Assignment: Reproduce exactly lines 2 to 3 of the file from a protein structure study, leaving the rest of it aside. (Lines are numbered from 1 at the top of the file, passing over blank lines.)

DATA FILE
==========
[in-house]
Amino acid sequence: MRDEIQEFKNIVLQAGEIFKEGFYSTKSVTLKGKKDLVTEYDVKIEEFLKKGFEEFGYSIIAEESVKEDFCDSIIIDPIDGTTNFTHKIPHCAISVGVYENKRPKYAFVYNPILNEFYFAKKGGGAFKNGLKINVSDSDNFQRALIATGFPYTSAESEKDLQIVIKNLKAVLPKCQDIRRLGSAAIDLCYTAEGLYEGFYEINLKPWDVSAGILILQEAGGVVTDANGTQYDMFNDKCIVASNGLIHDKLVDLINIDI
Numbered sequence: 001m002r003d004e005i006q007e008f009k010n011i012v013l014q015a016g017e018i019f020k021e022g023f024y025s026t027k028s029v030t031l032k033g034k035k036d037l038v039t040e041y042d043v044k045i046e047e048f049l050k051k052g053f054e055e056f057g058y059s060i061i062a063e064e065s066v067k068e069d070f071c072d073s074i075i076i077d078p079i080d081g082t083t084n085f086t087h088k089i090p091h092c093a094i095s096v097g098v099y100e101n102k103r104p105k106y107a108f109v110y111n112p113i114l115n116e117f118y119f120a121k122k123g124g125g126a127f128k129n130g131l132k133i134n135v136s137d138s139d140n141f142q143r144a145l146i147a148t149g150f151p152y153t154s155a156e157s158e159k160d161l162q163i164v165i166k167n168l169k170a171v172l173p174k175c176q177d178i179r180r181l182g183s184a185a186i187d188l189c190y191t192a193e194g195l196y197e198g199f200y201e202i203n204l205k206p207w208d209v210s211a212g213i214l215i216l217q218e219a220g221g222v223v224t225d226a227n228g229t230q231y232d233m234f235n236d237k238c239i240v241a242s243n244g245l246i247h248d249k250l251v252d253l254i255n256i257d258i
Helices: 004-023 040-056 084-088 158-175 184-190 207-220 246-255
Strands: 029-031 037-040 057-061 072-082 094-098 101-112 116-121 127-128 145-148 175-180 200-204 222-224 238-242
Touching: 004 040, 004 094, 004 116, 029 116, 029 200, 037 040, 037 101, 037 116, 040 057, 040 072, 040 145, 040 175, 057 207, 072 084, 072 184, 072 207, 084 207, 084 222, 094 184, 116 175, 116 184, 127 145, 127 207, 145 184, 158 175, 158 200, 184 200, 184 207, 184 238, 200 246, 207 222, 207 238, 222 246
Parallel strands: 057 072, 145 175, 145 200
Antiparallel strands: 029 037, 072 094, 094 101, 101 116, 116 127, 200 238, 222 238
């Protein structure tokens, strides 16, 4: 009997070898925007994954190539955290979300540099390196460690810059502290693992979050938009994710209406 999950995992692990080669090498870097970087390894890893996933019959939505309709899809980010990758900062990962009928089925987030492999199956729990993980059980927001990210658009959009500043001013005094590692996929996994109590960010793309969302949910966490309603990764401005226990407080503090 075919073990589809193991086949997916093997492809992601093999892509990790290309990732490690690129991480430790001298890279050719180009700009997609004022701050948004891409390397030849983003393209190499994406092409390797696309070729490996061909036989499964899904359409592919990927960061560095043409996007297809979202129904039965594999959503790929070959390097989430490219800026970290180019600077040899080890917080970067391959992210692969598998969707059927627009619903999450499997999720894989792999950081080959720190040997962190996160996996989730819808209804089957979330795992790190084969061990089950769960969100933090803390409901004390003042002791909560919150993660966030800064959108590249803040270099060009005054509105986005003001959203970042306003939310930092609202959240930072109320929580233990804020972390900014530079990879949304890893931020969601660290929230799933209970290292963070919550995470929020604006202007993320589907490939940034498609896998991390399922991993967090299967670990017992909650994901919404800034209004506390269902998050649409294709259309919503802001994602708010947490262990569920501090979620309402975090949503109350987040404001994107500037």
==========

Amino acid sequence: MRDEIQEFKNIVLQAGEIFKEGFYSTKSVTLKGKKDLVTEYDVKIEEFLKKGFEEFGYSIIAEESVKEDFCDSIIIDPIDGTTNFTHKIPHCAISVGVYENKRPKYAFVYNPILNEFYFAKKGGGAFKNGLKINVSDSDNFQRALIATGFPYTSAESEKDLQIVIKNLKAVLPKCQDIRRLGSAAIDLCYTAEGLYEGFYEINLKPWDVSAGILILQEAGGVVTDANGTQYDMFNDKCIVASNGLIHDKLVDLINIDI
Numbered sequence: 001m002r003d004e005i006q007e008f009k010n011i012v013l014q015a016g017e018i019f020k021e022g023f024y025s026t027k028s029v030t031l032k033g034k035k036d037l038v039t040e041y042d043v044k045i046e047e048f049l050k051k052g053f054e055e056f057g058y059s060i061i062a063e064e065s066v067k068e069d070f071c072d073s074i075i076i077d078p079i080d081g082t083t084n085f086t087h088k089i090p091h092c093a094i095s096v097g098v099y100e101n102k103r104p105k106y107a108f109v110y111n112p113i114l115n116e117f118y119f120a121k122k123g124g125g126a127f128k129n130g131l132k133i134n135v136s137d138s139d140n141f142q143r144a145l146i147a148t149g150f151p152y153t154s155a156e157s158e159k160d161l162q163i164v165i166k167n168l169k170a171v172l173p174k175c176q177d178i179r180r181l182g183s184a185a186i187d188l189c190y191t192a193e194g195l196y197e198g199f200y201e202i203n204l205k206p207w208d209v210s211a212g213i214l215i216l217q218e219a220g221g222v223v224t225d226a227n228g229t230q231y232d233m234f235n236d237k238c239i240v241a242s243n244g245l246i247h248d249k250l251v252d253l254i255n256i257d258i